How to Maintain Mental Minimalism During Finals

When I think of minimalism, I think about the lifestyle and philosophy that emphasizes living with less and disassociating yourself from material belongings. Other forms reside in the realm of financial, environmental, material, and mental minimalism.

 

Environmental minimalism would include:

  • Living in a small house/apartment/boat/trailer/tiny house

  • Using heat and air conditioning less

 

Financial minimalism would include:

  • Budgeting and managing subscriptions

  • Using only one line of credit/debit

 

Material minimalism would include:

  • If financially able, buying for quality instead of quantity

  • Only keep things that “spark joy” as Marie Kondo puts it.

Photo Courtesy of Lifehacker

 

What if we applied minimalism to our mental space?

Mental minimalism means focusing on the present, acting with intention, and avoiding multitasking. It incorporates elements of environmental, financial, and material minimalism, but it is essentially up to you to find your own method of maintaining mental minimalism.

 

Some steps to begin achieving a more clarified and organized state of mind:

  • Removing unnecessary open tabs online.

  • Transfer camera roll to Google photos—where they will be safely stored (forever in your Gmail account) which allows you to delete the 7,980 pictures, random screenshots, and memes from your immediate camera roll.

  • Make EASY to-do lists every day.

  • Throw away to-do lists every night.

  • Make NEW, EASIER to-do lists every day.

  • De-clutter your computer desktop.

  • Keep living spaces consistently neat instead of fluctuating between chaos and calm. This is particularly difficult if you’re going through a hectic week or another depressive episode, but cleanliness can be a learned habit. And a tidy room suggests a lucid mind.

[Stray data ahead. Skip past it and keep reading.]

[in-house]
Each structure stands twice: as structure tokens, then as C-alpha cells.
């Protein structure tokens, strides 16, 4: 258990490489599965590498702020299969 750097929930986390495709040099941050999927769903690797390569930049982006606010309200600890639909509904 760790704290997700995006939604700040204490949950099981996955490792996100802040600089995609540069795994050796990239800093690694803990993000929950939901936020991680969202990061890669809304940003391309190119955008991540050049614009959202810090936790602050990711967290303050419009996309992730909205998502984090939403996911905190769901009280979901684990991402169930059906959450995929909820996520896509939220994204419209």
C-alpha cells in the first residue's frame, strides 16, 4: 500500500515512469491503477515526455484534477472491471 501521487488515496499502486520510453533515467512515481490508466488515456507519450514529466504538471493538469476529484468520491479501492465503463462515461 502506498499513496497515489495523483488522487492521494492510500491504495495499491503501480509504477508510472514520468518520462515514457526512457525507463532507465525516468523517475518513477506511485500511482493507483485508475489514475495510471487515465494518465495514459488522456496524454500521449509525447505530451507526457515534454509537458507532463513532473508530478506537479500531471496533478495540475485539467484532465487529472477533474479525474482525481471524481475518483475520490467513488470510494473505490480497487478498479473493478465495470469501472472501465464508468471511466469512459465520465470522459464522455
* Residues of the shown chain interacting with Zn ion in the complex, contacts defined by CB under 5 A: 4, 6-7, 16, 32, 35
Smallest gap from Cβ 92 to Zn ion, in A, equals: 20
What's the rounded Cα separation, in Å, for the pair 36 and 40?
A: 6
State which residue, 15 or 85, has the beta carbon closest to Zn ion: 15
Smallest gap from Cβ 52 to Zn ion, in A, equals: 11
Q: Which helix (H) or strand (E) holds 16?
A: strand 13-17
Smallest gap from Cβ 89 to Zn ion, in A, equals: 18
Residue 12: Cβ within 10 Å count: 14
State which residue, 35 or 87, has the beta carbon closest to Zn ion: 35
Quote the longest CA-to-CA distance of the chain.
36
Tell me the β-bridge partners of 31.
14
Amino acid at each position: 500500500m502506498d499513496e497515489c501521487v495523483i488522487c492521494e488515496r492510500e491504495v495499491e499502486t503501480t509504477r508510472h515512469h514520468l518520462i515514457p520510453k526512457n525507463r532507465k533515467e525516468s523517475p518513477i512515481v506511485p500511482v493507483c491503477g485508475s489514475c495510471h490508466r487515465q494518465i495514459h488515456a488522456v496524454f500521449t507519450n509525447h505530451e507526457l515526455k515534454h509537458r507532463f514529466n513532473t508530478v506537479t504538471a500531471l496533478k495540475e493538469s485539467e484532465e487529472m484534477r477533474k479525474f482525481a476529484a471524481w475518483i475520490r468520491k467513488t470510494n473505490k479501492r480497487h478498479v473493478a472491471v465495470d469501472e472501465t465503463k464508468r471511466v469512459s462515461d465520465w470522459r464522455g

• Eat a meal without technology. Eat thoughtfully.

  • Write down thoughts, emotions, memories, imaginations, and dreams to de-clutter your mental space.

  • Develop a morning routine, after-class routine, and before-bed routine.

  • Attempt to break bad habits. Even an attempt is enough.

Photo Courtesy of PleasantlyPragmatic.com

 

I’m attempting to gradually follow these steps with the goal that I attain a clarified, de-cluttered, present, “minimalist” mind. Personally, I don’t think I could maintain a minimalist lifestyle in a tiny house without all my excessive amounts of clothing, but I resonated with the minimalist mindset and its encouraging mantra of “less is more," mentally and spiritually.

 

Perhaps I will take the “less is more” mantra into finals week in terms of “less stress, more success.” Easier said than done. But let’s try it.